FG on Fox: The Myth of Second Half Momentum

Back at the end of July, there was one overarching narrative: the Tigers and A’s engaging in an arms race to try and get an advantage for their inevitable October match-up. On the day the Tigers acquired David Price and the A’s acquired Jon Lester, Oakland had the best record in baseball, while Detroit had a comfortable four game lead in the AL Central; since adding their respective aces, both have surrounded their divisional leads, with the A’s falling so far behind the Angels that their chances of winning the AL West now stand a fraction of one percent.

Toss in the quickly fading Milwaukee Brewers — 60-49 on July 31st, 14-22 since — and we have three strong first half contenders limping to the finish line. Like the A’s, the Brewers should basically punt any hopes they still hold about a division title, and are now hoping entirely for a surge that will put them back in the Wild Card race. But even if the A’s, Tigers, and Brewers manage to right their ships, should they really be optimistic about their chances in October? After all, they’ve spent the better part of the last few months playing lousy baseball, and at some point, doesn’t a second half slump become an indicator of underlying problems that would derail a playoff run even if the team managed to get to the postseason?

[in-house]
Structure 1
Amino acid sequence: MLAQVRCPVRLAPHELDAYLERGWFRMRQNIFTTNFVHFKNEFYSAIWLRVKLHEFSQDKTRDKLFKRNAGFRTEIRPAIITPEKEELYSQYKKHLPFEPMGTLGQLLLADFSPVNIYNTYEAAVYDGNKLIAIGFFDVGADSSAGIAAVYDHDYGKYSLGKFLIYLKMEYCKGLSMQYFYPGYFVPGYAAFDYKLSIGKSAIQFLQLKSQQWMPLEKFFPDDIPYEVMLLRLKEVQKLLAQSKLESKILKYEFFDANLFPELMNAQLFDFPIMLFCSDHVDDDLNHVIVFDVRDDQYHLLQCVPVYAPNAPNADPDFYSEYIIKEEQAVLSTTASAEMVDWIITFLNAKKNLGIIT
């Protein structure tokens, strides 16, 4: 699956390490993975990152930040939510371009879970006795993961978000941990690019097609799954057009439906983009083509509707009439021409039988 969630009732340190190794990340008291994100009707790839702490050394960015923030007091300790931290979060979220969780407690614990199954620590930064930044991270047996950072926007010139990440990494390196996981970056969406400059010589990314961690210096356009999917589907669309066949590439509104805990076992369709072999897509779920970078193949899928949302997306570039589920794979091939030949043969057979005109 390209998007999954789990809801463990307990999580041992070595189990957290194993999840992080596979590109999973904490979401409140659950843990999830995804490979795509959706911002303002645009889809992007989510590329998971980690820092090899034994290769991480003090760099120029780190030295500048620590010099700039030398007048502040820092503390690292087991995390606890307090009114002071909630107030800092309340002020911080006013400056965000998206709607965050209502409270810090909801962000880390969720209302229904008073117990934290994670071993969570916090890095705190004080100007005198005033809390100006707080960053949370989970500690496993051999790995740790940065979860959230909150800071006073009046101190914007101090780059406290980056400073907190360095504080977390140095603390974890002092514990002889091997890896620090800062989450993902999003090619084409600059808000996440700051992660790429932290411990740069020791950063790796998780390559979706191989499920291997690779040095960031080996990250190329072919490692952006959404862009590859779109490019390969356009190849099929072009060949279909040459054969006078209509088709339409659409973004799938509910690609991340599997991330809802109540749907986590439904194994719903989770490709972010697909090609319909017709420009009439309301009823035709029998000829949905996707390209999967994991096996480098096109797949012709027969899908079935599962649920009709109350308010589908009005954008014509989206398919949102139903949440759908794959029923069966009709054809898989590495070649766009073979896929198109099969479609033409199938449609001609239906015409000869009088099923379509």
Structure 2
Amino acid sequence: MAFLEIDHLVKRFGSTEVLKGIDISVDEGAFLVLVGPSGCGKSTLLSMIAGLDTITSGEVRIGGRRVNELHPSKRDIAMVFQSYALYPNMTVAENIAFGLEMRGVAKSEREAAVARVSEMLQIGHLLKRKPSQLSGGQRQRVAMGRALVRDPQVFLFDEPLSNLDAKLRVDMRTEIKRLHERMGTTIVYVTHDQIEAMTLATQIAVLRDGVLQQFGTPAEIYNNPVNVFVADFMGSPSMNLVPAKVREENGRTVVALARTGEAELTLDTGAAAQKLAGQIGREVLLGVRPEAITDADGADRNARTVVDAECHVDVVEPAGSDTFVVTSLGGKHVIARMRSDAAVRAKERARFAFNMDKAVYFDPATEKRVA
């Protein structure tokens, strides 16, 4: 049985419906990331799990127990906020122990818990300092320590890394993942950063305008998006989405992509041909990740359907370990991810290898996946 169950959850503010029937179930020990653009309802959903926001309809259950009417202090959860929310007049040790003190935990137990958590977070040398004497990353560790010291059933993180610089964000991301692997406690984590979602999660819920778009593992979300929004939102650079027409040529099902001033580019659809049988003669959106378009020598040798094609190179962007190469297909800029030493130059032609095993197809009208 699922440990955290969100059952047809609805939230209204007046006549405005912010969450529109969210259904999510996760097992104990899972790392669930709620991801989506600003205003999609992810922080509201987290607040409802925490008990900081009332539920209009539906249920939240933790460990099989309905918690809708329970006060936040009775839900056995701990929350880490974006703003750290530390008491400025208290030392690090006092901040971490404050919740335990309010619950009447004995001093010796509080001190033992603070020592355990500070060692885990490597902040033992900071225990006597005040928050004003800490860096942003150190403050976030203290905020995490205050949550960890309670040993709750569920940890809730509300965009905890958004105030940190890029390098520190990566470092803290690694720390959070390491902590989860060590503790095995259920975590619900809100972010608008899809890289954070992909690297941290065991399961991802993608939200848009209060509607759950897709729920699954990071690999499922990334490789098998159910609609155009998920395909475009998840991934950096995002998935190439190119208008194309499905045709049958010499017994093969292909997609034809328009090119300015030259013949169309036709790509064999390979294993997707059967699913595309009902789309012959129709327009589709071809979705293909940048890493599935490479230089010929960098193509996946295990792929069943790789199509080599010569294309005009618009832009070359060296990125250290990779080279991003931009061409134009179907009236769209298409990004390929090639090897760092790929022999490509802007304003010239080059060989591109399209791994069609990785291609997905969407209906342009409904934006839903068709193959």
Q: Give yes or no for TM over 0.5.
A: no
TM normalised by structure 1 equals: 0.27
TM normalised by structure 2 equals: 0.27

In a word: no.

Read the rest on Just a Bit Outside.

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Rich Mahogany
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Rich Mahogany

The lazy sportswriter explanation for the A’s poor play has been that trading Cespedes annihilated team chemistry, leaving the team aimless and undesiring of victory.